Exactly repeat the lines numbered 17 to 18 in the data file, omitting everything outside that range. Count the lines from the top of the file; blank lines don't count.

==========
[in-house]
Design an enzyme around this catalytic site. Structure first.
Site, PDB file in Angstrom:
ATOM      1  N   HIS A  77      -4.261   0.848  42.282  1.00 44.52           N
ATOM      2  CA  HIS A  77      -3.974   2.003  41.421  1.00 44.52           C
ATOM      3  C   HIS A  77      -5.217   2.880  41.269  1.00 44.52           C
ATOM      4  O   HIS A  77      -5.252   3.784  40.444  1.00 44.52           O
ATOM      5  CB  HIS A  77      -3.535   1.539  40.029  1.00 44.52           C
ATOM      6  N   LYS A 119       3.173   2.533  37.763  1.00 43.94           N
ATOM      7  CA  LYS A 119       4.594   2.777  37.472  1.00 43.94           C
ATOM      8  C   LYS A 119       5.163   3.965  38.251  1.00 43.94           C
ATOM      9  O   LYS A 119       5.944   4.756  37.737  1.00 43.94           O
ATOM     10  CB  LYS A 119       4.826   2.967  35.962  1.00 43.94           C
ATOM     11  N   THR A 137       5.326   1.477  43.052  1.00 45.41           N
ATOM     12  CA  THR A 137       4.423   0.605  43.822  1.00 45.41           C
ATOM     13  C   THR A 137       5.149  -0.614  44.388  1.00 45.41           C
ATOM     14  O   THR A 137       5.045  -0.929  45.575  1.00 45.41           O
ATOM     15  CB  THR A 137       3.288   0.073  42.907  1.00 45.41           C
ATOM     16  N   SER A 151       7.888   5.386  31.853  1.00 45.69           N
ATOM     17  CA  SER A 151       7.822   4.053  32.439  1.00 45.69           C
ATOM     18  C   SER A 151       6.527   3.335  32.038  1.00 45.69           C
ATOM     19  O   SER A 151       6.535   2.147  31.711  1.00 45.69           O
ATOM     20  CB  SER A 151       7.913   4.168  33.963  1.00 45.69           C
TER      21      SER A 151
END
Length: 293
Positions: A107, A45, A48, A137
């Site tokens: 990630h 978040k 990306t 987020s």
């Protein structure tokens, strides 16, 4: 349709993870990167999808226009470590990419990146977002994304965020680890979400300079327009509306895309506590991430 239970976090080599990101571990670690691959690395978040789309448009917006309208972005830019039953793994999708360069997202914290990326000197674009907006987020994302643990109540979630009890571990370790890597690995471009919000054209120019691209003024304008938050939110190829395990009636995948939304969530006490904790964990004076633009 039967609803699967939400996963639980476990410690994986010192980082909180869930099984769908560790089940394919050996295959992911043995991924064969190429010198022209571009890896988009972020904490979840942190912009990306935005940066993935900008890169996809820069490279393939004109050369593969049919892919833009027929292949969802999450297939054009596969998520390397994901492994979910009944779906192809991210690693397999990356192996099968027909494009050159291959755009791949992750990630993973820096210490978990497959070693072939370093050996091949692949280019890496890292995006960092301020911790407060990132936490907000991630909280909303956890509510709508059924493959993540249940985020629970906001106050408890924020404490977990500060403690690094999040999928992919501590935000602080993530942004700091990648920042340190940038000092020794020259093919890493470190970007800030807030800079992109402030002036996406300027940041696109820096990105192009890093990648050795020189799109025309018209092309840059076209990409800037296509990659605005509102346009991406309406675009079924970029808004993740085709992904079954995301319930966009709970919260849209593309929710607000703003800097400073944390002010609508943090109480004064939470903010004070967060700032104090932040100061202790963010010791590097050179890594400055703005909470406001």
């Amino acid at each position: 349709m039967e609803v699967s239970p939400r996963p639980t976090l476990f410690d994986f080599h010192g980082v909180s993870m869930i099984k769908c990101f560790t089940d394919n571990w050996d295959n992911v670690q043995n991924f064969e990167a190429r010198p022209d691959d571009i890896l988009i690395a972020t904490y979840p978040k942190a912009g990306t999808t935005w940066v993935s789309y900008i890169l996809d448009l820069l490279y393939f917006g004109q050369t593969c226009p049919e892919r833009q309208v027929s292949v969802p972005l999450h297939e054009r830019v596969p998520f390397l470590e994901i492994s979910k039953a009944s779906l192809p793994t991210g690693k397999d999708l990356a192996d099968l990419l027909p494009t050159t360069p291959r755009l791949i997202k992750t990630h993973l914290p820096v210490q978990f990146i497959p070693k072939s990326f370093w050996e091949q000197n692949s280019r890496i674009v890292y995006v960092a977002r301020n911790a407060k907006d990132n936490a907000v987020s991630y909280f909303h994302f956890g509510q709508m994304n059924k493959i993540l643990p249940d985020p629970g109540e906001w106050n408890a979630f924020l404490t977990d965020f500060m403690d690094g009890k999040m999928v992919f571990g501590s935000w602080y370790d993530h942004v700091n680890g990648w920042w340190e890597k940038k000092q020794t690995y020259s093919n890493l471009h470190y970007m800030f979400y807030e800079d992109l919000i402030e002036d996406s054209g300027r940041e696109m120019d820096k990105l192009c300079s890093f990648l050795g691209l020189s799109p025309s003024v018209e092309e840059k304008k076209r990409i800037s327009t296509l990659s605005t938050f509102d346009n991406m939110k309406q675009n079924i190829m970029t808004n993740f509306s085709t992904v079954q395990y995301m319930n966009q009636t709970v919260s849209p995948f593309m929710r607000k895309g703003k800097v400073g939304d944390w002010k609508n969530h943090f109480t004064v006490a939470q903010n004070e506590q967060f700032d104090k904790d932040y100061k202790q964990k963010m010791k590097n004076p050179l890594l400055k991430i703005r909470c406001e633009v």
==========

ATOM     14  O   THR A 137       5.045  -0.929  45.575  1.00 45.41           O
ATOM     15  CB  THR A 137       3.288   0.073  42.907  1.00 45.41           C